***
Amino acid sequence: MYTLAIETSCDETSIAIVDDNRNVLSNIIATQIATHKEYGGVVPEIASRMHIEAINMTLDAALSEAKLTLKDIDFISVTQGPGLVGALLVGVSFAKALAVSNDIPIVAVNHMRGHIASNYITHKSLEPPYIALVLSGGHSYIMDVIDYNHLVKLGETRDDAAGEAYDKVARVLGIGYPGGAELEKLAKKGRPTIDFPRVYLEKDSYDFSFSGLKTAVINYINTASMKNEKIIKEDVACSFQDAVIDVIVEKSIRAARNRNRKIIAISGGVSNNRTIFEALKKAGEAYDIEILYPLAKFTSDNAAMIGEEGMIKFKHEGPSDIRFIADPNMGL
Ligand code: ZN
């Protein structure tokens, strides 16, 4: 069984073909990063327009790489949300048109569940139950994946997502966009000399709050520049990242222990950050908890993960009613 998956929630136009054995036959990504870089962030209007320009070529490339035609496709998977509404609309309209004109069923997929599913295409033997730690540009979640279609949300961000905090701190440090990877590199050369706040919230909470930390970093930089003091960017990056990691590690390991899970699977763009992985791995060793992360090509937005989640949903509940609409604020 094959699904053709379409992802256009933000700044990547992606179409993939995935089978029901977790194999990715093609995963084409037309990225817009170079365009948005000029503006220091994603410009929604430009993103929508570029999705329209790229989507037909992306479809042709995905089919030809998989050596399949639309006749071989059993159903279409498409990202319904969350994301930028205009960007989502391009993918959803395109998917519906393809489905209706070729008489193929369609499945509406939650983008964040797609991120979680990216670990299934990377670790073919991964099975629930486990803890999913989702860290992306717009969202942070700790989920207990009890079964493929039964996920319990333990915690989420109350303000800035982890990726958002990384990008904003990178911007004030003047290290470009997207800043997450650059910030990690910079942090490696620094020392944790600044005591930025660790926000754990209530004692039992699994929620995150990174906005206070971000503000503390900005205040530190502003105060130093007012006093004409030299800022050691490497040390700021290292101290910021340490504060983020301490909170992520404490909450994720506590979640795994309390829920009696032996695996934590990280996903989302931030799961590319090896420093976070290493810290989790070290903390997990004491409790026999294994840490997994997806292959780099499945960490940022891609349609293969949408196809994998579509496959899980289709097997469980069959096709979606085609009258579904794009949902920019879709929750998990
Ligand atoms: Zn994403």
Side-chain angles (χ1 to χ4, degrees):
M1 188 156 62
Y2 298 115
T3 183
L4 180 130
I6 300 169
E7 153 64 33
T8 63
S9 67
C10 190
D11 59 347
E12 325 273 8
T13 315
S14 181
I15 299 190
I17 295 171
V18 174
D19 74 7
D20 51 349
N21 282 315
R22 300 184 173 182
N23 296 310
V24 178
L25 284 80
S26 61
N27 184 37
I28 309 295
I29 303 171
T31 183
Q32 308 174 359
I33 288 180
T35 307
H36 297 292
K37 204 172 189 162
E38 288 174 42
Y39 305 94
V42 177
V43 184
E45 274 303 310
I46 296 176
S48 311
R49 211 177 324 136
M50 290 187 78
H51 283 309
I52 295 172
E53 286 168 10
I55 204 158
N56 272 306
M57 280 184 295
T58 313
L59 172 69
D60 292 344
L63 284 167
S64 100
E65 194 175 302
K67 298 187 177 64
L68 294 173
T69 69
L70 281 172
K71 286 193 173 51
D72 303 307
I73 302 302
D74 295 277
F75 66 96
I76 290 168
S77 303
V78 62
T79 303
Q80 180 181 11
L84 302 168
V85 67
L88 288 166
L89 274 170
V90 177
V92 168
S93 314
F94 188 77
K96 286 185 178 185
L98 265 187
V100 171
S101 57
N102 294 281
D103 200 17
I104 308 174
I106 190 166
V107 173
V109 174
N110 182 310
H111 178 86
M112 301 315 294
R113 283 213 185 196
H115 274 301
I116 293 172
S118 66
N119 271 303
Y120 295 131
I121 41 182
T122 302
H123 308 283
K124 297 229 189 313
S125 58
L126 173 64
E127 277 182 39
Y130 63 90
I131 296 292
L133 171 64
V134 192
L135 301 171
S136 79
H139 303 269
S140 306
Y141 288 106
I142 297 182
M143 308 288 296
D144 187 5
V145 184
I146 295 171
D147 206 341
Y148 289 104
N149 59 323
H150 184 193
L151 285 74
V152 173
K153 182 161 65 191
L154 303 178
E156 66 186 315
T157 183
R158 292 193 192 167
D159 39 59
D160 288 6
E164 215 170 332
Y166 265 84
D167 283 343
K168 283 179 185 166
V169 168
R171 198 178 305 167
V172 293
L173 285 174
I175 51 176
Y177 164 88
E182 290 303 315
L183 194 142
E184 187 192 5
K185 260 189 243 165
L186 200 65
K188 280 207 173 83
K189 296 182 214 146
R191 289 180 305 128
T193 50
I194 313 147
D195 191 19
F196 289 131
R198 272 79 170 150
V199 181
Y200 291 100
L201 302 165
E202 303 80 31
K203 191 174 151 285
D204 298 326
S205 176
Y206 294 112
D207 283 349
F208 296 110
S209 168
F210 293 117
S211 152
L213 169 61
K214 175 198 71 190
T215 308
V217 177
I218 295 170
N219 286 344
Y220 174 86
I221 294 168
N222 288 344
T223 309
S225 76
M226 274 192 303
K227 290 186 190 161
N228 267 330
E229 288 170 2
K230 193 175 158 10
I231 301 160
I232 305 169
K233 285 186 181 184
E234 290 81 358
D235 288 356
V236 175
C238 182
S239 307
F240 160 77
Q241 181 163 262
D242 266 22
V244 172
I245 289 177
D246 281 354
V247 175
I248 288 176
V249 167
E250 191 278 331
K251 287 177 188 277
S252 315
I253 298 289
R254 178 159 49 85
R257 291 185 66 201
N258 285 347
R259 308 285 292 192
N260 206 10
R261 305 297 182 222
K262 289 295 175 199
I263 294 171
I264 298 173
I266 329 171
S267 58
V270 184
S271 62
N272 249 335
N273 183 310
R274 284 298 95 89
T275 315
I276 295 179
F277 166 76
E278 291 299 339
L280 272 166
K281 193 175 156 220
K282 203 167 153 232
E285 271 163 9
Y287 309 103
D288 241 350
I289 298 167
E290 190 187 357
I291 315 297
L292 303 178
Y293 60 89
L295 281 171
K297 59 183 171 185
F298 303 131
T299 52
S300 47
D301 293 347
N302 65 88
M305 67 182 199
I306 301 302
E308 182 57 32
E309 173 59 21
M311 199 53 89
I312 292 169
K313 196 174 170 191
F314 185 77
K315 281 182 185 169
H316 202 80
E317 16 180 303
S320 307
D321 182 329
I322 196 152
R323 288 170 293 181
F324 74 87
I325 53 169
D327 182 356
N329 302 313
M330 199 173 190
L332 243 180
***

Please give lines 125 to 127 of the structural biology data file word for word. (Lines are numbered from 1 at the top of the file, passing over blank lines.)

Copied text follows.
H150 184 193
L151 285 74
V152 173